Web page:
There are very few events that can brighten up a Monday when you work weekdays, but this particular lunchtime I fell upon a little nugget of information that plastered a ridiculously huge grin on my face for the rest of the day!I liked the Terry Pratchett fan-page on Facebook some time ago - to the point that I can't remember doing it!  I mostly use it to keep an eye on new releases and other such things.  It is through this page that my Monday was brightened up considerably.Towards the end of my lunch break, I was scrolling down my Facebook feed when my attention was grabbed by a photo of the grill of a lorry, or a truck if you will prefer.  Readers can be assured that I have no real interest in lorries, nor indeed any kind of modern road-based vehicles.  I'm strictly a steam train fan, if anyone would like to know.What really attracted my attention was the sight of two little figures who were seated in the grill of the lorry.   Closer inspection identified them to be none ot…

Chronicles of a Cosmic Warlord - A new Fantasy series

During my absence from blogging, as I mentioned when I returned, I did a lot of reading.  I got a lot of books downloaded on Kindle, but I bought even more print books.  So much for the Kindle saving me money....

I love going into a bookshop - be it Waterstones or The Works - but my favourite place to go is the Waterstones in my home city of Wakefield.  I've been visiting the shop since it was an Ottakars years before, and I visit at least once a week.

Martin and I also walk past the shop regularly, giving me a good chance to look at the signs by the door and keep an eye on the store's 'news.'  It was last spring when I walked past and saw a poster heralding a book-signing.  I'd never attended a book signing before (the ones I was interested in being too far away in the past) so I stopped for a proper read.  The book was called Empire of the Saviours, by an author called A J Dalton.  I'd never heard of the man - I'll put my hands up to that straight away - b…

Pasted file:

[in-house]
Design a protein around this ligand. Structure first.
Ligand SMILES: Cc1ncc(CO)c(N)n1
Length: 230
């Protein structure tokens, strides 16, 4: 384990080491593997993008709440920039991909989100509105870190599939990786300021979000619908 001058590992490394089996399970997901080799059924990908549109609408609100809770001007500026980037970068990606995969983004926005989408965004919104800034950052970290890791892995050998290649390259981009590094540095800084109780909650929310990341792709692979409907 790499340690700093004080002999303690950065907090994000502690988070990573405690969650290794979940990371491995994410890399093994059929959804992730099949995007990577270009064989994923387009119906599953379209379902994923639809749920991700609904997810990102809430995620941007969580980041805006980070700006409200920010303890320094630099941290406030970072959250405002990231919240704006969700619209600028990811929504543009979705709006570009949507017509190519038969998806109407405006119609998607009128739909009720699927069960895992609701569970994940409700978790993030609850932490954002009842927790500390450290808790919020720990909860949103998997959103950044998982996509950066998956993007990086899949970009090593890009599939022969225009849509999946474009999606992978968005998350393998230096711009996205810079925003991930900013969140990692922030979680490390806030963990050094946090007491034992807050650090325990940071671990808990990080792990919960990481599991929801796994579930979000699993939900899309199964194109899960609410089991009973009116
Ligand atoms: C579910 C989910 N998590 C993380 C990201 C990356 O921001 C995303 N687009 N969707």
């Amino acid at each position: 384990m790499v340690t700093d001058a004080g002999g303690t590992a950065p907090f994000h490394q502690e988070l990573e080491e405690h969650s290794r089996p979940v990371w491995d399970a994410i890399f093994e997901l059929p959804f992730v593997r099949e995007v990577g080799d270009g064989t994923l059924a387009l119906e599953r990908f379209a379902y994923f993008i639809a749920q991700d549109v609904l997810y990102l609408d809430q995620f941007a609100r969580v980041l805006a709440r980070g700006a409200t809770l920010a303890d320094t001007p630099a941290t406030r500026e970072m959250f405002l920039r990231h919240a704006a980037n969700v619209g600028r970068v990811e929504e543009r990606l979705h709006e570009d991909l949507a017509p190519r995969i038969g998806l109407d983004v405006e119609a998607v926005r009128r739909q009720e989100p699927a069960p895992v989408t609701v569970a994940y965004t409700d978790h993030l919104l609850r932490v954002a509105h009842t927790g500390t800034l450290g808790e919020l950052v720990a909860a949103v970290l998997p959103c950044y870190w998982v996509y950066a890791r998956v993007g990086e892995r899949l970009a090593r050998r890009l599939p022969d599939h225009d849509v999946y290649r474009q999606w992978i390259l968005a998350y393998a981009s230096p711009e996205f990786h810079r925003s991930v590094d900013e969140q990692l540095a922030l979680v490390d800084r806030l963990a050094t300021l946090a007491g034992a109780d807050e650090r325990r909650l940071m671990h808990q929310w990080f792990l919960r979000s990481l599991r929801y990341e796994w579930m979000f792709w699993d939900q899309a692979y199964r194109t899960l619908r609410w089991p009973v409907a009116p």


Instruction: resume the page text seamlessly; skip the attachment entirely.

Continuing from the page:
Does it REALLY matter?

Some elements of my work give me the opportunity to let my thoughts wander off on their own for a while.  Sometimes this isn't a good thing, as they have a tendency to go down routes that leave me feeling bitter and angry.  But sometimes it can come back with some interesting results.  (Just in case my boss is reading this - I was still working hard!!!)

I have been thinking a lot about respect, and even more about forgiveness, over the last year.  Forgiveness, as I consider myself to be Christian, is something I am supposed to do regardless of the wrongdoing, but I have found that I am particularly bad at forgiving people.  Probably because I have a long memory for grudges, and have a habit of picking things back up.  One of my favourite phrases is 'always forgive your enemies - it's the last thing they'll expect.'  It would be nice if I could practice that a little more.

Respect is a little easier.  I have always maintained that respect should only be given if it i…

Competition Time for Novelists!

We interrupt our scheduled blog posting (involving a fantasy series) to bring news of a new competition from Mslexia for budding female novelists.

Whilst on the way home from work today I received an email from women's writing magazine Mslexia.  This is usually a nice surprise, more often than not containing some thought-provoking survey about how some aspect of life (mental state, viewpoints on adult material, etc) affect my writing.  Oddly enough, they are fun to do when I have a few minutes free, and like I said, they can be thought-provoking. As a bonus, participants in the survey will have the satisfaction of knowing they contributed to the next issue of the magazine.

But this was a different email.  Like all good writing publications, Mslexia regularly holds good writing competitions for its readers to participate in.  This time they are holding a Novel-writing competition, offering a first prize of £5,000.  Three finalists will also be offered free professional feedback on th…